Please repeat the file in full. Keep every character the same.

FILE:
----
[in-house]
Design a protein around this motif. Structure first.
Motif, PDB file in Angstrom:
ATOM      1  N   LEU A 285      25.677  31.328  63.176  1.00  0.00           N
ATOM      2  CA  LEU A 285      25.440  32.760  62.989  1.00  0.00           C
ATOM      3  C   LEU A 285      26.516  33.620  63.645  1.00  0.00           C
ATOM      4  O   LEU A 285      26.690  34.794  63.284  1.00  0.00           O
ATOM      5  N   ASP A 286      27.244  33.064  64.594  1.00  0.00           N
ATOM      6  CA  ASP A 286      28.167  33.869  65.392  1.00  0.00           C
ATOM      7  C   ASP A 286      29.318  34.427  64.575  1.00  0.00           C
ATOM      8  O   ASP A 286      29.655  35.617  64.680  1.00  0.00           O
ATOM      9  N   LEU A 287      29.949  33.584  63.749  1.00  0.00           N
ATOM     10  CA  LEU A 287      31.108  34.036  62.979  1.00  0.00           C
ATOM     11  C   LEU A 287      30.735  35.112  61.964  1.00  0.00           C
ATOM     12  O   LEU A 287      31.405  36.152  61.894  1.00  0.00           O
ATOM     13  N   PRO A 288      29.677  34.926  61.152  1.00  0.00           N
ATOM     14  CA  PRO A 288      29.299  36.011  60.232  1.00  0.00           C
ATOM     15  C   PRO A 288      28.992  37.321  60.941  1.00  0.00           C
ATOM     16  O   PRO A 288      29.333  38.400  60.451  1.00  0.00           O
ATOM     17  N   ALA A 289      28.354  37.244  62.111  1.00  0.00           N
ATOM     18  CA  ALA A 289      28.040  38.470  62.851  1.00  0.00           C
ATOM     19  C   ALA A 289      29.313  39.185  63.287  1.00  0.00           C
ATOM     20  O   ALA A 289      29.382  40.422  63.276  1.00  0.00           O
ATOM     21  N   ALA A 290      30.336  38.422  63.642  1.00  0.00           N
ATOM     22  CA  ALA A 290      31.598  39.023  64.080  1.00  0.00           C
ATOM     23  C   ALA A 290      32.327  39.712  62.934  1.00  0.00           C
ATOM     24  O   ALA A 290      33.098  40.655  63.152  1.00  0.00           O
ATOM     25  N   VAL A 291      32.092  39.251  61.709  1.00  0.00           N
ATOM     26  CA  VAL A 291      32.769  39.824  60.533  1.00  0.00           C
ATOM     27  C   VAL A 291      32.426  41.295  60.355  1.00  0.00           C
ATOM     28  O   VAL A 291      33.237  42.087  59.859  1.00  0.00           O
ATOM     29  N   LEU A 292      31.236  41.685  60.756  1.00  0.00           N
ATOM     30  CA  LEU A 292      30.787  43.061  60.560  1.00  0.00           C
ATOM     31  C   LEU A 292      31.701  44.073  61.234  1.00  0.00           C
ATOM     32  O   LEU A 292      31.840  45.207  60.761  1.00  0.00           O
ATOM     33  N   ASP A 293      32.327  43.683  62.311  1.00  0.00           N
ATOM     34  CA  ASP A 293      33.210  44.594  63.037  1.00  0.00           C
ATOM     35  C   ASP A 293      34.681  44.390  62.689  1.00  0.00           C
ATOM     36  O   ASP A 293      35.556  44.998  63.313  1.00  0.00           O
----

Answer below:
[in-house]
Design a protein around this motif. Structure first.
Motif, PDB file in Angstrom:
ATOM      1  N   LEU A 285      25.677  31.328  63.176  1.00  0.00           N
ATOM      2  CA  LEU A 285      25.440  32.760  62.989  1.00  0.00           C
ATOM      3  C   LEU A 285      26.516  33.620  63.645  1.00  0.00           C
ATOM      4  O   LEU A 285      26.690  34.794  63.284  1.00  0.00           O
ATOM      5  N   ASP A 286      27.244  33.064  64.594  1.00  0.00           N
ATOM      6  CA  ASP A 286      28.167  33.869  65.392  1.00  0.00           C
ATOM      7  C   ASP A 286      29.318  34.427  64.575  1.00  0.00           C
ATOM      8  O   ASP A 286      29.655  35.617  64.680  1.00  0.00           O
ATOM      9  N   LEU A 287      29.949  33.584  63.749  1.00  0.00           N
ATOM     10  CA  LEU A 287      31.108  34.036  62.979  1.00  0.00           C
ATOM     11  C   LEU A 287      30.735  35.112  61.964  1.00  0.00           C
ATOM     12  O   LEU A 287      31.405  36.152  61.894  1.00  0.00           O
ATOM     13  N   PRO A 288      29.677  34.926  61.152  1.00  0.00           N
ATOM     14  CA  PRO A 288      29.299  36.011  60.232  1.00  0.00           C
ATOM     15  C   PRO A 288      28.992  37.321  60.941  1.00  0.00           C
ATOM     16  O   PRO A 288      29.333  38.400  60.451  1.00  0.00           O
ATOM     17  N   ALA A 289      28.354  37.244  62.111  1.00  0.00           N
ATOM     18  CA  ALA A 289      28.040  38.470  62.851  1.00  0.00           C
ATOM     19  C   ALA A 289      29.313  39.185  63.287  1.00  0.00           C
ATOM     20  O   ALA A 289      29.382  40.422  63.276  1.00  0.00           O
ATOM     21  N   ALA A 290      30.336  38.422  63.642  1.00  0.00           N
ATOM     22  CA  ALA A 290      31.598  39.023  64.080  1.00  0.00           C
ATOM     23  C   ALA A 290      32.327  39.712  62.934  1.00  0.00           C
ATOM     24  O   ALA A 290      33.098  40.655  63.152  1.00  0.00           O
ATOM     25  N   VAL A 291      32.092  39.251  61.709  1.00  0.00           N
ATOM     26  CA  VAL A 291      32.769  39.824  60.533  1.00  0.00           C
ATOM     27  C   VAL A 291      32.426  41.295  60.355  1.00  0.00           C
ATOM     28  O   VAL A 291      33.237  42.087  59.859  1.00  0.00           O
ATOM     29  N   LEU A 292      31.236  41.685  60.756  1.00  0.00           N
ATOM     30  CA  LEU A 292      30.787  43.061  60.560  1.00  0.00           C
ATOM     31  C   LEU A 292      31.701  44.073  61.234  1.00  0.00           C
ATOM     32  O   LEU A 292      31.840  45.207  60.761  1.00  0.00           O
ATOM     33  N   ASP A 293      32.327  43.683  62.311  1.00  0.00           N
ATOM     34  CA  ASP A 293      33.210  44.594  63.037  1.00  0.00           C
ATOM     35  C   ASP A 293      34.681  44.390  62.689  1.00  0.00           C
ATOM     36  O   ASP A 293      35.556  44.998  63.313  1.00  0.00           O